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Megascience! Plans Unveiled for World’s Biggest Telescope

SKA dishes by night

An artist's impression of the radio dishes that would make up the Square Kilometer Array, planned to be the world's biggest and most sensitive telescope and part of the quest for exterrestrial life..SPDO/TDP/DRAO/Swinburne Astronomy Productions

Apparently, size does matters -- especially to scientists.

Plans were unveiled Sunday for the Square Kilometer Array (SKA), a $2.1 billion array of telescopes that will be the largest and most sensitive radio telescope in the world -- and may help understand such fundamental cosmic mysteries as dark energy and why the universe is the way it is.

Signals from individual radios that make up the massive array of antennas, which is planned to cover one square kilometer of South African or Australian soil, will be combined to form one giant telescope. A decision on its final location will be made in 2012.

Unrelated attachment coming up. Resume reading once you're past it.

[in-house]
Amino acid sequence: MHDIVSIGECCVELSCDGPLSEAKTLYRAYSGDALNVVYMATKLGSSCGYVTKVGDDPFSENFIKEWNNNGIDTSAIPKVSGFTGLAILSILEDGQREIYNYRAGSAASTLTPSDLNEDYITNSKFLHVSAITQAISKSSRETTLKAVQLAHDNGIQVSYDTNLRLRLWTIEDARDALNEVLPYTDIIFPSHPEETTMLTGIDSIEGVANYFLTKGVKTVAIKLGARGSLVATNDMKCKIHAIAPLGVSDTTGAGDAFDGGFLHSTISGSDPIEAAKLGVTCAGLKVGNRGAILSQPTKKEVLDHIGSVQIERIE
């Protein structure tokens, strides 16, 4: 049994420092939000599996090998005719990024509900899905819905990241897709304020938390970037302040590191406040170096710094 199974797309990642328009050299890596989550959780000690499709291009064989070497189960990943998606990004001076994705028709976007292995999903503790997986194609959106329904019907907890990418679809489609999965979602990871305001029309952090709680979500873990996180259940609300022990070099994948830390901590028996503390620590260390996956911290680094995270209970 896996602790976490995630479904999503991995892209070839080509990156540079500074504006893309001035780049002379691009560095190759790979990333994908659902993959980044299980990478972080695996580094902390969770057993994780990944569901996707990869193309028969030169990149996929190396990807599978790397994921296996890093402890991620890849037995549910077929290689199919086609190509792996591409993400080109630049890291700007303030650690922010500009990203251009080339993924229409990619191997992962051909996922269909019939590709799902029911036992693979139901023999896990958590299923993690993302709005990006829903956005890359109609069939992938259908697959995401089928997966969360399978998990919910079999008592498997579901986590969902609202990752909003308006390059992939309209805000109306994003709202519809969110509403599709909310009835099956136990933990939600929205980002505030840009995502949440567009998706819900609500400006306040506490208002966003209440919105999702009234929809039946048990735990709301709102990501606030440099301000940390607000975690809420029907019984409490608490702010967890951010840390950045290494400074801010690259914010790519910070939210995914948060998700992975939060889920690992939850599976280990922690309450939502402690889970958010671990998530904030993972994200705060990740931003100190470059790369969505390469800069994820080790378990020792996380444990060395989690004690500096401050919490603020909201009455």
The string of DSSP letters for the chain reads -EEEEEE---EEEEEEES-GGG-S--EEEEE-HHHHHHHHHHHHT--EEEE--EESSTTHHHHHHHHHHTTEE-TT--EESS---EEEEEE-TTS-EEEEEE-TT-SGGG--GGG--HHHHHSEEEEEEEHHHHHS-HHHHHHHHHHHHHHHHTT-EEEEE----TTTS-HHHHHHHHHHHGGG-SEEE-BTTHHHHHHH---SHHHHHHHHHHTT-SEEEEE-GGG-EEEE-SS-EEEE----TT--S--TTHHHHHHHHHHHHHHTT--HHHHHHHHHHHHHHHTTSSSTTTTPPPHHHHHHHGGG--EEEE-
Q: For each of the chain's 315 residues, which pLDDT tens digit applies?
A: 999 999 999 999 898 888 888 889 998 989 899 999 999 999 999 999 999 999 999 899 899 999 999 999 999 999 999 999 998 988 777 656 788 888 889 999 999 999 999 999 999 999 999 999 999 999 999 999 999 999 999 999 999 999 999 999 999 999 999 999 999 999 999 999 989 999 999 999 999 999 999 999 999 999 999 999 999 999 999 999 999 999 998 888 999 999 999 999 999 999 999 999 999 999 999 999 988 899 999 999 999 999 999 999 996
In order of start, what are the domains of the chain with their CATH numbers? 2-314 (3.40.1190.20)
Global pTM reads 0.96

“The power of this new telescope project is going to surpass anything we’ve seen before, enabling us to see many more radio-emitting stars and galaxies and pulling the curtains wide open on parts of the great beyond that radio astronomers like me have only ever dreamt of exploring," said Professor Dame Jocelyn Bell Burnell, prominent radio astronomer and president of the Institute of Physics, in a statement on the new plans. 

"The Square Kilometer Array heralds in a post-Einstein era of physics that will help us take huge strides in our attempt to understand the most bizarre objects and the darkest ages of the Universe,” she said.

Australia, China, France, Germany, Italy, the Netherlands, New Zealand, South Africa, and the U.K. signed a letter of intent in Rome, Italy, declaring their ambition to see the SKA built. The U.K., through the Science and Technology Facilities Council, said it expects to invest about $24 million in the next phase of the SKA.

The SKA project will drive technology development in antennas, signal transport, signal processing, and software and computing, those involved said. The design, construction and operation of the SKA has the potential to impact skills development in science, engineering and in associated industries not only in the host countries but in all project partners.